Actually, it could serve as a way to punish criminals without burning through tax dollars with prison time. Just take all of their most beloved memories and replace them with a picture of Chuck Norris and the sensation of being kicked in the groin. For example, from their wedding day, all they'll remember is: "Honey, I d--Chuck Norris?! Ow, my groin!"
      • Re:Careful! (Score:5, Interesting)

        by dintech (998802) on Friday September 05, 2008 @05:22AM (#24885655)
        Maybe you are onto something there. Perhaps it would be appropriate punishment to take the memories from the people affected by their crimes and cram them into the criminals head so that he personally experience the impact of what he's done. At the same time you would have to replace any positive aspects of personal gain or gratifaction that he received. The next time he considers commiting a crime, he'll have a lot more to think about...
    • Re: (Score:3, Interesting)

      by houghi (78078)

      So what you are saying is things that have been seen can be unseen.

      Now is it a blessing that goatse can be unseen, or a curse that I now can see it for the first time several times?

  • I wonder what will happen if you stimulate the neurons instead of listening to them. Despite the impressive results obtained, we still know nothing about how the brain stores memories. Maybe stimulating the neurons in a patient will help understanding that a bit.

  • by Anik315 (585913) <anik@alphaco r . n et> on Friday September 05, 2008 @01:57AM (#24884587)
    To summarize the article, researchers have determined that the neurons which are fired when an event is experienced are the same neurons that are fired when it is remembered. That's all it says. It does not say that our experiences and memories don't independently exist, just that they correlate with neural activity.
  • Article Text (Score:5, Informative)

    by Anonymous Coward on Friday September 05, 2008 @02:01AM (#24884607)

    September 5, 2008
    For the Brain, Remembering Is Like Reliving
    By BENEDICT CAREY

    Scientists have for the first time recorded individual brain cells in the act of summoning a spontaneous memory, revealing not only where a remembered experience is registered but also, in part, how the brain is able to recreate it.

    The recordings, taken from the brains of epilepsy patients being prepared for surgery, demonstrate that these spontaneous memories reside in some of the same neurons that fired most furiously when the recalled event had been experienced. Researchers had long theorized as much but until now had only indirect evidence.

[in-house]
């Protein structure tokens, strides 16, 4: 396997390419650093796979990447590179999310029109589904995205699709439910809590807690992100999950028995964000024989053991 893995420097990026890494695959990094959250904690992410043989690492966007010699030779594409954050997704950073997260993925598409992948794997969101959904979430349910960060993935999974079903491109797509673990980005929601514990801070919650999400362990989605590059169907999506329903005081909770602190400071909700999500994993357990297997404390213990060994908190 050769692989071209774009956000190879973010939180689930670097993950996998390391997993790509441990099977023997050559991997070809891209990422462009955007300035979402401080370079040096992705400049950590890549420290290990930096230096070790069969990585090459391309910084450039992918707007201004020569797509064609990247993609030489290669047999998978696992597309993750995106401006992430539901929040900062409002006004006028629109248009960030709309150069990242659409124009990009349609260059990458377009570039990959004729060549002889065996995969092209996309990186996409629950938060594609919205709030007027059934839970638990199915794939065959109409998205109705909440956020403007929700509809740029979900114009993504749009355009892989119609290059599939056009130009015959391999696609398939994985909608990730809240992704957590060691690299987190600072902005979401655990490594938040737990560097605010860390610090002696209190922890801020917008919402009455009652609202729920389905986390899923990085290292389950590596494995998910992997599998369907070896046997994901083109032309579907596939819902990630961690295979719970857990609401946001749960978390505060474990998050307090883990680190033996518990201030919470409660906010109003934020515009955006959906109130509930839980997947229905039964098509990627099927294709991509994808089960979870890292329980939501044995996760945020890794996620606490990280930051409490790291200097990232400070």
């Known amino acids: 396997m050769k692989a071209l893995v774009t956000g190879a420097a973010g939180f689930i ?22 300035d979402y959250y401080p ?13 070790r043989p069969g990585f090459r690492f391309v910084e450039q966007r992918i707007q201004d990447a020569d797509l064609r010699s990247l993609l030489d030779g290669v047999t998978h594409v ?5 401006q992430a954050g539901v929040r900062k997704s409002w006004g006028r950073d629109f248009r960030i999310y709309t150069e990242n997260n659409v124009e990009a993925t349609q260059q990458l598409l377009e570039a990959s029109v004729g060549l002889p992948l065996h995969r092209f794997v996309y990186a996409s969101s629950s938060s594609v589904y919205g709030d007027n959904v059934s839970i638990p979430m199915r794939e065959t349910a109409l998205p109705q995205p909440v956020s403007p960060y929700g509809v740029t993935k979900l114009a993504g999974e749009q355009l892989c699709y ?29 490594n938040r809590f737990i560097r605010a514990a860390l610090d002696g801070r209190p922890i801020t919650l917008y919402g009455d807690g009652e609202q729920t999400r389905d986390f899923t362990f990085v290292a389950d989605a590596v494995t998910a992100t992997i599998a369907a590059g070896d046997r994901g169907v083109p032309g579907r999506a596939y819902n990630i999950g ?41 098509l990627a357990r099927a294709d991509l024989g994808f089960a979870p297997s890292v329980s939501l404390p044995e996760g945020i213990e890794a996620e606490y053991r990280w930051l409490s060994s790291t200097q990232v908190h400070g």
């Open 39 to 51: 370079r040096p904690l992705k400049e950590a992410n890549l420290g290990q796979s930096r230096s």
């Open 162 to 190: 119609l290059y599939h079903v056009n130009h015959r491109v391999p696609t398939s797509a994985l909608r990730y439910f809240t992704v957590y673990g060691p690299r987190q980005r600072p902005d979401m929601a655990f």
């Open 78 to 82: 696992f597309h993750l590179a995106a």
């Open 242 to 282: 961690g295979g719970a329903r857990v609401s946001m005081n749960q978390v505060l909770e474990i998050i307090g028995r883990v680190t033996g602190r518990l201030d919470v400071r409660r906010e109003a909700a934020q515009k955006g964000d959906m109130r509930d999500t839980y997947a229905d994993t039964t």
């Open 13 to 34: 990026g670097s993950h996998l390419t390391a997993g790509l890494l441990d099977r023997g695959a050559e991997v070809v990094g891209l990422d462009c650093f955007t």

Experts said the study had all but closed the case: For the brain, remembering is a lot like doing (at least in the short term, as the research says nothing about more distant memories).

    The experiment, being reported Friday in the journal Science, is likely to open a new avenue in the investigation of Alzheimer's disease and other forms of dementia, some experts said, as well as help explain how some memories seemingly come out of nowhere. The researchers were even able to identify specific memories in subjects a second or two before the people themselves reported having them.

    "This is what I would call a foundational finding," said Michael J. Kahana, a professor of psychology at the University of Pennsylvania, who was not involved in the research. "I cannot think of any recent study that's comparable.

    "It's a really central piece of the memory puzzle and an important step in helping us fill in the detail of what exactly is happening when the brain performs this mental time travel" of summoning past experiences.

    The new study moved beyond most previous memory research in that it focused not on recognition or recollection of specific symbols but on free recall â" whatever popped into people's heads when, in this case, they were asked to remember short film clips they had just seen.

    This ability to richly reconstitute past experience often quickly deteriorates in people with Alzheimer's and other forms of dementia, and it is fundamental to so-called episodic memory â" the catalog of vignettes that together form our remembered past.

    In the study, a team of American and Israeli researchers threaded tiny electrodes into the brains of 13 people with severe epilepsy. The electrode implants are standard procedure in such cases, allowing doctors to pinpoint the location of the mini-storms of brain activity that cause epileptic seizures.